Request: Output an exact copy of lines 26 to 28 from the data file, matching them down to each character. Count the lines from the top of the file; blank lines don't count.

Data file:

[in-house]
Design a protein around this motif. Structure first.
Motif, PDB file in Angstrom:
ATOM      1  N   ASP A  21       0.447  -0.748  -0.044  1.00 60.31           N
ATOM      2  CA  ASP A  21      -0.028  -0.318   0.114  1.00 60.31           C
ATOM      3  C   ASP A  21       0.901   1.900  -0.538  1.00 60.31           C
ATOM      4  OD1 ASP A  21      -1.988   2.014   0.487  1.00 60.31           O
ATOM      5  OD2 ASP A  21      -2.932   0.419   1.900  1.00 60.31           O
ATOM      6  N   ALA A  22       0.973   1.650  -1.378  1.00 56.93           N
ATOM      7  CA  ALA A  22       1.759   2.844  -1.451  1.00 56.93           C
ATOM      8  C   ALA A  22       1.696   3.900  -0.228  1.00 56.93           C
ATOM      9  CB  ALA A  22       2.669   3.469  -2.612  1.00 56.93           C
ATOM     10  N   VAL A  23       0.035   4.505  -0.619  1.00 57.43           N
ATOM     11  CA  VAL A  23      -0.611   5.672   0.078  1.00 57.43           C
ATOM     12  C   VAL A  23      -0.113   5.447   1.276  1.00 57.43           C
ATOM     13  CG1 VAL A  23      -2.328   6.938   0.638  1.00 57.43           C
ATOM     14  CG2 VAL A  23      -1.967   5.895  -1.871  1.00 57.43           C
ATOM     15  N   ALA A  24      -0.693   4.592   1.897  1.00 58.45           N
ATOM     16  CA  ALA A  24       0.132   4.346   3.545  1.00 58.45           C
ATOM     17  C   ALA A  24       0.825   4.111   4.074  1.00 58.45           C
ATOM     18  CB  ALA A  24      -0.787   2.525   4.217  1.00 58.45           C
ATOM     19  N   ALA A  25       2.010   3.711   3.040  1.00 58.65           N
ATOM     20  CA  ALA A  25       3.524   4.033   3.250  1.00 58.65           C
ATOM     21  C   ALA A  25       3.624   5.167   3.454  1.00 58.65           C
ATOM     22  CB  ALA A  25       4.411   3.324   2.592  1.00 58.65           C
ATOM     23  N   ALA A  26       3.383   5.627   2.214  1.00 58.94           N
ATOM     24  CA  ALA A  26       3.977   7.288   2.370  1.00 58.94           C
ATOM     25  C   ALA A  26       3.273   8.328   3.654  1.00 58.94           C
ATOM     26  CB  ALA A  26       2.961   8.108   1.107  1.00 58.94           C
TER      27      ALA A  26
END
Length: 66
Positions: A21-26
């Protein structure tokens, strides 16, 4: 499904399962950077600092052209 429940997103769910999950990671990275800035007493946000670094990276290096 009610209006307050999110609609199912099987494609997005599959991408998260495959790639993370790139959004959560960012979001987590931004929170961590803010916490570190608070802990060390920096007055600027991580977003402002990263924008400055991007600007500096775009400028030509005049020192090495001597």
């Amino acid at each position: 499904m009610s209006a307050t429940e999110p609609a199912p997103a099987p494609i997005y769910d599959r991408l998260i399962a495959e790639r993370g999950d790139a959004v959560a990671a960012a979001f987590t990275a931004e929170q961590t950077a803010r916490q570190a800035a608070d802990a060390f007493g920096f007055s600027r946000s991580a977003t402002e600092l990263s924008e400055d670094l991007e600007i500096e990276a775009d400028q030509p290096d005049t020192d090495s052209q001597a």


ATOM     23  N   ALA A  26       3.383   5.627   2.214  1.00 58.94           N
ATOM     24  CA  ALA A  26       3.977   7.288   2.370  1.00 58.94           C
ATOM     25  C   ALA A  26       3.273   8.328   3.654  1.00 58.94           C